BIO

Kirsten Leenaars (NL) is an interdisciplinary video artist based in Chicago. Various forms of performance, theater, and documentary strategies make up the threads that run through her work. She engages with individuals and communities to create participatory video and performance work. Her work oscillates between fiction and documentation, reinterprets personal stories and reimagines everyday realities through shared authorship, staging and improvisation. Leenaars examines through her work how we relate to others and explores how through the production of the work itself new forms of relating can be created. Recent projects include Beyond the Box: Reimagining Freedom (2021): a collaborative video project with the restorative justice organization Circles & Ciphers, rewarded with the DCASE Artist Response Grant ($100,000). This project asks what does collective freedom look, sound, and feel like? This question and its political stakes guides this multimedia project. Young people that are part of Circles & Ciphers, as well those who are currently incarcerated respond to the notion of collective freedom based on their personal experiences, including considering the ways Covid-19 and the prison industrial complex have impacted their lives and communities. The produced videos and performances will serve as interventions in public space. Another recent project is The Broadcast (2019), a video project co-created with local youth in East Lansing. This project looks at how reality is produced, and considers truth and distortion in public address and media representations. This video installation was acquired in May 2021 by the Broad Museum of Art MSU. An additional example of Leenaars' work is the documentary project (Re)Housing the American Dream (2016-ongoing). This multi-year project with American born and refugee youth, commissioned by the Haggerty Museum of Art in Milwaukee, considers the lived and imagined ways the American Dream shapes our lives.(Re)Housing the American Dream is a deeply textured work that is not only a moving portrait of a group of students coming of age in a world saturated by media, during a highly divisive time, but is also an investigation into the imagination of filmmaking itself: the ways we see, the ways we tell stories, the ways we transfer and construct meaning. Over the course of almost five years, the 24 participating young people will have reflected on the medium and addressed issues of racism, discrimination, and representations of power and identity most affecting their lives and imagined collectively different scenarios for a more just world. (Re)Housing the American Dream is, above all, a testament to cinema’s collaborative nature, in which the young participants are co-authors and subjects of their own lives.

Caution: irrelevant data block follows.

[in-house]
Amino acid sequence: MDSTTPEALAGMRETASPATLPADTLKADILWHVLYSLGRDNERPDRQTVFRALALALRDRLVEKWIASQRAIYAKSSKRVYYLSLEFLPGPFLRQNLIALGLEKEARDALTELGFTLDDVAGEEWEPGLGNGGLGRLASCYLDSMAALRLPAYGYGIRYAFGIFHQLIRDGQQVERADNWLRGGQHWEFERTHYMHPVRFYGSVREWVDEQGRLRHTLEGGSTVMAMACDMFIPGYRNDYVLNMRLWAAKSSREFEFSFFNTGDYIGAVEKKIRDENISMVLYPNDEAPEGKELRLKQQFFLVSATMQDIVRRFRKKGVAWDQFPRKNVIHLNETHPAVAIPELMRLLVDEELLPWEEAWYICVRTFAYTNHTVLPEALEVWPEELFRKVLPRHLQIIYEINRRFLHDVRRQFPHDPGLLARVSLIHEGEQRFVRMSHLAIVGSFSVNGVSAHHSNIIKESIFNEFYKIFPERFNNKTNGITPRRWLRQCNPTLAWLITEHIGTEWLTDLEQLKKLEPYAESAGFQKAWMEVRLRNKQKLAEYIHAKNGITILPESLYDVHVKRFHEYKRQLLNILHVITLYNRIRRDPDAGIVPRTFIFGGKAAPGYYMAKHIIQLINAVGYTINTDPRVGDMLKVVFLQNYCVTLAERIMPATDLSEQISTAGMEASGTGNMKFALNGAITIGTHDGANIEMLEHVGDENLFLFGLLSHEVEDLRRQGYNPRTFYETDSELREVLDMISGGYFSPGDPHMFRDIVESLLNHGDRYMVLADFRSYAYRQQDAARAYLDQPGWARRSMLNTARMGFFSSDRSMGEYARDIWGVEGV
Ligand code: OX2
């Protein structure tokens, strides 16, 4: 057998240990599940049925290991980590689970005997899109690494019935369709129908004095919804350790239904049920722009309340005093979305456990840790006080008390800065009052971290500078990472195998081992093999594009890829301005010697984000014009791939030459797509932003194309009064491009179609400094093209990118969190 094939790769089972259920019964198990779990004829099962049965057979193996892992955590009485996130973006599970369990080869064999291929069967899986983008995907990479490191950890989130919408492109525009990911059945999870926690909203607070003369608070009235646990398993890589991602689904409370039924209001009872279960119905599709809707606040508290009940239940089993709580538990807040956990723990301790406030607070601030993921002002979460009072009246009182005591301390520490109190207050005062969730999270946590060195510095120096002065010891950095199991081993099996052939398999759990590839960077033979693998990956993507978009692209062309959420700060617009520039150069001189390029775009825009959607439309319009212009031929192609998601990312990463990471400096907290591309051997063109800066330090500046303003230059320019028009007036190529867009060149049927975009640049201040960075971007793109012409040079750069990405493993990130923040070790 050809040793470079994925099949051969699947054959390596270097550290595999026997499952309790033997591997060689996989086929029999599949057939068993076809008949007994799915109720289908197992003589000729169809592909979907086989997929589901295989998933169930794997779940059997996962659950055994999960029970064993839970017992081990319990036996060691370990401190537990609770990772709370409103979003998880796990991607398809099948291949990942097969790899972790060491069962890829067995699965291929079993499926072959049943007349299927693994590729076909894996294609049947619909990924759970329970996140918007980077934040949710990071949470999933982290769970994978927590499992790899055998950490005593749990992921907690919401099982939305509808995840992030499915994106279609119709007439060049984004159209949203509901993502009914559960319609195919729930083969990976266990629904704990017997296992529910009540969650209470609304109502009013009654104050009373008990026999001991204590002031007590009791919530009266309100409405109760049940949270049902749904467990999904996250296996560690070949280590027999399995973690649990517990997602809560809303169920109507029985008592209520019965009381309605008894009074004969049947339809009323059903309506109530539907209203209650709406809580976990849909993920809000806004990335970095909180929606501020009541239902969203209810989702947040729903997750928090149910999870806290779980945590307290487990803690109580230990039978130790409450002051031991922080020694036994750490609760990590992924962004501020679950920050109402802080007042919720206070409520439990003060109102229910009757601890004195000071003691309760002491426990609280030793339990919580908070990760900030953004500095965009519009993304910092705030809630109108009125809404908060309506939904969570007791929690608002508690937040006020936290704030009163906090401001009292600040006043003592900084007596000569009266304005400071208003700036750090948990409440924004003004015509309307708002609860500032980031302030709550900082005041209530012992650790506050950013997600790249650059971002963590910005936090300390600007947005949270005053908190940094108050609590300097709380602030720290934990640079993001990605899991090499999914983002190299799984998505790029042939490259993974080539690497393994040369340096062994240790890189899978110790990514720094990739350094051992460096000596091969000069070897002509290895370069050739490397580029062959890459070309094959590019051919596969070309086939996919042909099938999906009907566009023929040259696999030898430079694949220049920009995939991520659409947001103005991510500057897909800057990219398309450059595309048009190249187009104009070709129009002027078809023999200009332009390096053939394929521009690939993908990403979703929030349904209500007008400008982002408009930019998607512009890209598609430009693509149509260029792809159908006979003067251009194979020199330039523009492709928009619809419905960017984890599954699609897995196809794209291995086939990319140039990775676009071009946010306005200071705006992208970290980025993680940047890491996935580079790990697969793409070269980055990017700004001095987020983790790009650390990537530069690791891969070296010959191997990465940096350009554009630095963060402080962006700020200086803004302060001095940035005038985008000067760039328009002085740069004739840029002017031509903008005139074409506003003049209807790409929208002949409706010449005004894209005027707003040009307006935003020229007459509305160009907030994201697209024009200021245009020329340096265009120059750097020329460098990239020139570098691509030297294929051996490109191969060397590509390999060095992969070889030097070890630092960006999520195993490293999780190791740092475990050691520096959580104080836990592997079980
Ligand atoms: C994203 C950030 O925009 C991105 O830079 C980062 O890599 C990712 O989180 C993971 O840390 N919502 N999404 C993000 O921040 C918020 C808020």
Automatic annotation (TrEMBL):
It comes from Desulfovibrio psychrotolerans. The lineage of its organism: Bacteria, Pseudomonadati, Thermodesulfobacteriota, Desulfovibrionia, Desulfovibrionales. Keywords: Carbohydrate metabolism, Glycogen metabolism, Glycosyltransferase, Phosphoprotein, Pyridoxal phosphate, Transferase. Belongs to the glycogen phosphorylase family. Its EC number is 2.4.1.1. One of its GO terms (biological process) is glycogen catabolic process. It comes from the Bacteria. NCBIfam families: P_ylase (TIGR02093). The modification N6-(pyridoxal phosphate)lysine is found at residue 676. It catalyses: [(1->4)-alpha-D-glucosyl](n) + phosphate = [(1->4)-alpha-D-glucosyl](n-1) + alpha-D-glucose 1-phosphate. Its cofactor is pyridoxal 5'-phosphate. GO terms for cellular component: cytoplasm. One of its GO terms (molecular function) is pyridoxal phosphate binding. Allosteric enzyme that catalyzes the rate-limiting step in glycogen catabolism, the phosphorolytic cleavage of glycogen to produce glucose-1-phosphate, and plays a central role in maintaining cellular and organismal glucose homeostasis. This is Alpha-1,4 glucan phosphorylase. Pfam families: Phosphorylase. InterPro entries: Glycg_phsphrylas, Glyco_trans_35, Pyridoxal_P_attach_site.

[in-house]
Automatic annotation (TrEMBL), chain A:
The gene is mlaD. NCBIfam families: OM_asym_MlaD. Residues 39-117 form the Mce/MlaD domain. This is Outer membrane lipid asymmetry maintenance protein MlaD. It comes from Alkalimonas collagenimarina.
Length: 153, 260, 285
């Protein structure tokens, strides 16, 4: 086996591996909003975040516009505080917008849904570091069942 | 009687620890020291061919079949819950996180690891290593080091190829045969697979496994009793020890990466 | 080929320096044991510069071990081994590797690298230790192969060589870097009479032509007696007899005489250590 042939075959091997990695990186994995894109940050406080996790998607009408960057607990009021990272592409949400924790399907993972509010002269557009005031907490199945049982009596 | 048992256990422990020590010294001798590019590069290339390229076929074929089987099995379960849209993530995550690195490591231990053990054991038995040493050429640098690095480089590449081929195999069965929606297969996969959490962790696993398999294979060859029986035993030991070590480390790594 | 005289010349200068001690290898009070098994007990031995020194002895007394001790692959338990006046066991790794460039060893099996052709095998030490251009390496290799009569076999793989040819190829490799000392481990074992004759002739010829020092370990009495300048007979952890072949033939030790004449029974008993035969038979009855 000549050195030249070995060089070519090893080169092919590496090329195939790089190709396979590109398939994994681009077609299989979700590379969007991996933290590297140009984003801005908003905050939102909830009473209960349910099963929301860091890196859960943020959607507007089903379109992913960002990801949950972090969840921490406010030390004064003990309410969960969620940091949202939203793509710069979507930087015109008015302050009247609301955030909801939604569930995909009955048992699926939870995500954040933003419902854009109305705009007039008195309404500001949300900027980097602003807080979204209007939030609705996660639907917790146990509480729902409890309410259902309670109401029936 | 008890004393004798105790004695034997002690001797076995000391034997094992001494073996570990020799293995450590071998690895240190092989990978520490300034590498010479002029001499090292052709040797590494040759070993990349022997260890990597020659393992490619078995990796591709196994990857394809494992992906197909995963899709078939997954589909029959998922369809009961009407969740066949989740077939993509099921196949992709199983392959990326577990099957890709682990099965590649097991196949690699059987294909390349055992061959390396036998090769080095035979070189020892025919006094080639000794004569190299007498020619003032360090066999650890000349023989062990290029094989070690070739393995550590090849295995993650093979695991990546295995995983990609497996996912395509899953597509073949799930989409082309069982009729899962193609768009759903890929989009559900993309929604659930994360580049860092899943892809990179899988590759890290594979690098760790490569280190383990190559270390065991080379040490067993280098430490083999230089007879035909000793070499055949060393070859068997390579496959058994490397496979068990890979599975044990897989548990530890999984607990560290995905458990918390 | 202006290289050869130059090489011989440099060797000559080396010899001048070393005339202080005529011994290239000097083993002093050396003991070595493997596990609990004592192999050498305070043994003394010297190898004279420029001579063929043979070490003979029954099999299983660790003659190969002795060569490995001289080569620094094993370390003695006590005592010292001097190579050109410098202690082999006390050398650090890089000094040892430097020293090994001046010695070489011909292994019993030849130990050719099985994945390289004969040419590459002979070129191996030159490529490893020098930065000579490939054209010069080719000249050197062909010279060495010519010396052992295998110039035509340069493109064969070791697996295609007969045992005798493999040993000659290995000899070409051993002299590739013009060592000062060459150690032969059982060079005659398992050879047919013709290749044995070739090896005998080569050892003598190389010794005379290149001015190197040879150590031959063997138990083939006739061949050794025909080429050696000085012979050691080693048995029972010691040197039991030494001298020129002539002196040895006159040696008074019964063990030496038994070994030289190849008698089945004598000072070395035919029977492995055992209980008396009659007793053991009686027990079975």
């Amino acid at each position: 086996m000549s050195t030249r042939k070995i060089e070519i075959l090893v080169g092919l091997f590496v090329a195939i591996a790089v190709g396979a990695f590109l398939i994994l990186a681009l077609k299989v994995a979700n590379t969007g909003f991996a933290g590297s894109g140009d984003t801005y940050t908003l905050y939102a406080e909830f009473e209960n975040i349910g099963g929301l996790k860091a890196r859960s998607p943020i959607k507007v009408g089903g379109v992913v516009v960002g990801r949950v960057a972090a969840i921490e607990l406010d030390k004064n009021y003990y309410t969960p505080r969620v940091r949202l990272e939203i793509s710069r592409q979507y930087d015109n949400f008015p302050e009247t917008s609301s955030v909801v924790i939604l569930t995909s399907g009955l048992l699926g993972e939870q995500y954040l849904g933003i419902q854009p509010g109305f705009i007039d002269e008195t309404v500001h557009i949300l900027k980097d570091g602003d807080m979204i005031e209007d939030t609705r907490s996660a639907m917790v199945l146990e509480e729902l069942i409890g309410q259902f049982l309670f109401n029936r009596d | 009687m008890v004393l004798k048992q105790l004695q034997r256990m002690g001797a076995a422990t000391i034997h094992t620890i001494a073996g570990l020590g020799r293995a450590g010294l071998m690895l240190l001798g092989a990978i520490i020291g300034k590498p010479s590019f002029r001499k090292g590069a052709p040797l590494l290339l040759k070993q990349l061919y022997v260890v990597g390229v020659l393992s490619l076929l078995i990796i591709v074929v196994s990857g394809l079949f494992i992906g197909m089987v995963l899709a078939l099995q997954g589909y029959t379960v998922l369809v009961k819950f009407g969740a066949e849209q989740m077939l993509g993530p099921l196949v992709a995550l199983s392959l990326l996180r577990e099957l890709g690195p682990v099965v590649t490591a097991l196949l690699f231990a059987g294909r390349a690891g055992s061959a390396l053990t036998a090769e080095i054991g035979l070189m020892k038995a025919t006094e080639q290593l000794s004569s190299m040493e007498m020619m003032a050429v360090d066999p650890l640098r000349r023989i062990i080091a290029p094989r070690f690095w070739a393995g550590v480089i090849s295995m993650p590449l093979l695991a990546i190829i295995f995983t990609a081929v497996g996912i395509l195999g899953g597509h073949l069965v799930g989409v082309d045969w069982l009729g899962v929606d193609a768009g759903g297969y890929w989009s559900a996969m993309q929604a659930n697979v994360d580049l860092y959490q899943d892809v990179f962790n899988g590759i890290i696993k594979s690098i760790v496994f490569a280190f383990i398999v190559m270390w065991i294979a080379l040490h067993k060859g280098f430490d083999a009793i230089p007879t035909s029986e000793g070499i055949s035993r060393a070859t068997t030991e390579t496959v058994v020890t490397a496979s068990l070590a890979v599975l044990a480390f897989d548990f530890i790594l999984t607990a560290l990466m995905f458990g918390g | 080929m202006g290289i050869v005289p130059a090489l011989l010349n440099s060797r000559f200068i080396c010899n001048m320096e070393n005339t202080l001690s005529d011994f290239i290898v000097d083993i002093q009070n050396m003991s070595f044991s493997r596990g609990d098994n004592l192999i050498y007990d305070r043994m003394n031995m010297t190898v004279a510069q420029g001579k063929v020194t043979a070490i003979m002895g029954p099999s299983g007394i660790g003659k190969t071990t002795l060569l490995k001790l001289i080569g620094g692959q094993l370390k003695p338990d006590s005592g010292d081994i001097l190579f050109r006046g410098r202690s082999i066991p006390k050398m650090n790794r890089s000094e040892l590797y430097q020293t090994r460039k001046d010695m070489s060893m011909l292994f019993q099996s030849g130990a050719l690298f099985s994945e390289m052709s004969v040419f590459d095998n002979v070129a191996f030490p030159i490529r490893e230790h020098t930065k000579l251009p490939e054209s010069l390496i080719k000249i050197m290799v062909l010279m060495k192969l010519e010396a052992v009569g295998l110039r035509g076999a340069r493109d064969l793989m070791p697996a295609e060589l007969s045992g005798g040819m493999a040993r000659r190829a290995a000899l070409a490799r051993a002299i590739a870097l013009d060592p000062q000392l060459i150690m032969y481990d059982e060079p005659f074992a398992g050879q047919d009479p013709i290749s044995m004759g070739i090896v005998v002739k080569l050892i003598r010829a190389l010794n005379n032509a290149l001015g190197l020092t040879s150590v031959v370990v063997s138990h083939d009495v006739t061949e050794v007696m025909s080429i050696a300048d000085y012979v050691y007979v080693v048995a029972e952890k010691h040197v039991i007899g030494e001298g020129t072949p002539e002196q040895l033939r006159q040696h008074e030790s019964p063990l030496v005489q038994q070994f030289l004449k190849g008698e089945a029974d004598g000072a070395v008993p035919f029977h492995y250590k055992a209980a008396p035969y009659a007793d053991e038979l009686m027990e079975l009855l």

Exhibitions: Leenaars' work has been shown nationally and internationally at venues including The Museo Universitario del Chopo, Mexico City; Kamloops Gallery, Kamloops,  MAI, Montreal; The Broad MSU Museum of Art, East Lansing; The Haggerty Museum of Art, Milwaukee; The District of Columbia Arts Center, Washington DC; The Museum of Contemporary Art, Chicago; The Art Institute of Chicago, Chicago; Glass Curtain Gallery, Threewalls, Gallery 400, and 6018North, Chicago; Elaine L. Jacob Gallery, Detroit; Printed Matter, Inc., New York; the Wexner Center for the Arts, Columbus; the Witte de With Center for Contemporary Art, Rotterdam; and Künstlerhaus Bethanien, Berlin. Grants: Leenaars most recently received the Artist Response Grant ($100,000) from the Department of Cultural Affairs and Special Events Chicago and has received multiple grants from the Andy Warhol Foundation; The Mondrian Fund; cultural support grants from the Dutch Consulate in New York, Milwaukee Art Board Production Grant and Fonds BKVB. Awards and recognition: Leenaars was listed in the Newcity Film 50, 2020: Chicago's Screen Gems and has been nominated for the USA Fellowship and the 3Arts Award multiple times and received an Envisioning Justice Award from Illinois Humanities (2019). She currently is a Professor in the Department of Contemporary Practices at the School of the Art Institute of Chicago.